The PAYG SIM is restricted to 7 days of use. However, because this SIM allows you to make phone calls (both domestic & international), Japanese law demands the buyer to show his/her passport to the sales person to confirm they have legally entered the country. I went with option B – Visitor SIM, because I will be in Japan for over 14 days and won’t really need to make phone calls (I’ll be using Skype via Wi-Fi). The SIM card you order will depend on how long you will be in Japan, the need to make phone calls etc. All I really need it for is Google Maps and instant messaging.

On the next screen you will be presented with more information. This was reassuring as it addressed all my concerns. I’ve heard from people who have had a tough time trying to register / activate their foreign SIM cards, or issues with network coverage etc. The best thing about the b-mobile Visitor SIM is that it already comes activated, so all you really need to do in theory is to put in the SIM card and you’re ready to go! Another advantage is that, b-mobile uses the popular ‘Docomo’ cellular network which has some of the best coverage in Japan. For an extra service fee of ¥200 you can opt to have the SIM card delivered to the post office in the airport! I took this option, as I want to be able to make my way to the hotel without getting lost!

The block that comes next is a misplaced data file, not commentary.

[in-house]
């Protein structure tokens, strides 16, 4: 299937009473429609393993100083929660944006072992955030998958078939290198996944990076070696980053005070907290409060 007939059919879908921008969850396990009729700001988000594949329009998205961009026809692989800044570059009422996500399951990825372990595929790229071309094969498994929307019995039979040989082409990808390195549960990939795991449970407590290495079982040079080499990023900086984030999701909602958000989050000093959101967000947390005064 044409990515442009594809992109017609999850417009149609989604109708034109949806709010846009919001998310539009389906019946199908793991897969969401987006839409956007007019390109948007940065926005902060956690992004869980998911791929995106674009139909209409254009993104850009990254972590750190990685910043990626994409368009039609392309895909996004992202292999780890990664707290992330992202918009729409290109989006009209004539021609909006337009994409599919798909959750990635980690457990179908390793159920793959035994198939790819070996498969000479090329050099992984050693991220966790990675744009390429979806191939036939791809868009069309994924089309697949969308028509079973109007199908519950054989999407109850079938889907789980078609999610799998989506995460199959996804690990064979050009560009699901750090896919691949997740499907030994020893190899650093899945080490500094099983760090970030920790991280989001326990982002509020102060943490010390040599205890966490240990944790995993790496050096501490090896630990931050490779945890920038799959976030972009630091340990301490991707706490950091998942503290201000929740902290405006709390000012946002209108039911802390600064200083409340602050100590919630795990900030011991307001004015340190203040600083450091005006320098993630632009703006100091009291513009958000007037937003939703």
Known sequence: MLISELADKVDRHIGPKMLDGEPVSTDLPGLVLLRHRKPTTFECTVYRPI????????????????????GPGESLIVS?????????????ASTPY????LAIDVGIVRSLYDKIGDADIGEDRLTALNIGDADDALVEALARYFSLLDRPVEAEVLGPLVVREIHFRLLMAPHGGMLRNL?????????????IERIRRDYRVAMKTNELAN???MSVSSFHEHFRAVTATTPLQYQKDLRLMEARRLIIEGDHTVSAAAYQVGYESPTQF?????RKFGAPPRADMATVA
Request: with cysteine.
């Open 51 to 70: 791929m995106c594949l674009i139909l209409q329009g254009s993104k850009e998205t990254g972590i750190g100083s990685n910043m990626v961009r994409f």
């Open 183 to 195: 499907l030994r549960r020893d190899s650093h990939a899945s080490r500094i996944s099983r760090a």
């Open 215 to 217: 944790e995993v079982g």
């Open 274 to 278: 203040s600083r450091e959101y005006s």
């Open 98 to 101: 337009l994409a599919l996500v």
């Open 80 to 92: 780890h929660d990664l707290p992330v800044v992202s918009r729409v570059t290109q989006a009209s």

b-mobile VISITOR SIM 1GB prepaid

SIM size    Micro

Delivery    Airport Postal office

Service    1GB / 14days / Data service

OK, so once you’re happy with the info (hopefully all the warning notices about no refunds, no redelivery etc. haven’t put you off) Click on ‘Purchase’ on the top right hand corner of the screen.

I’ll be using a Sony Xperia Z2 and would like to collect it from the airport therefore I selected the Airport postal office – Micro as shown below on the following screen.

At the bottom of the page you will just need to click the radio buttons turning them green. Make sure you understand each term and condition and then proceed to the next page.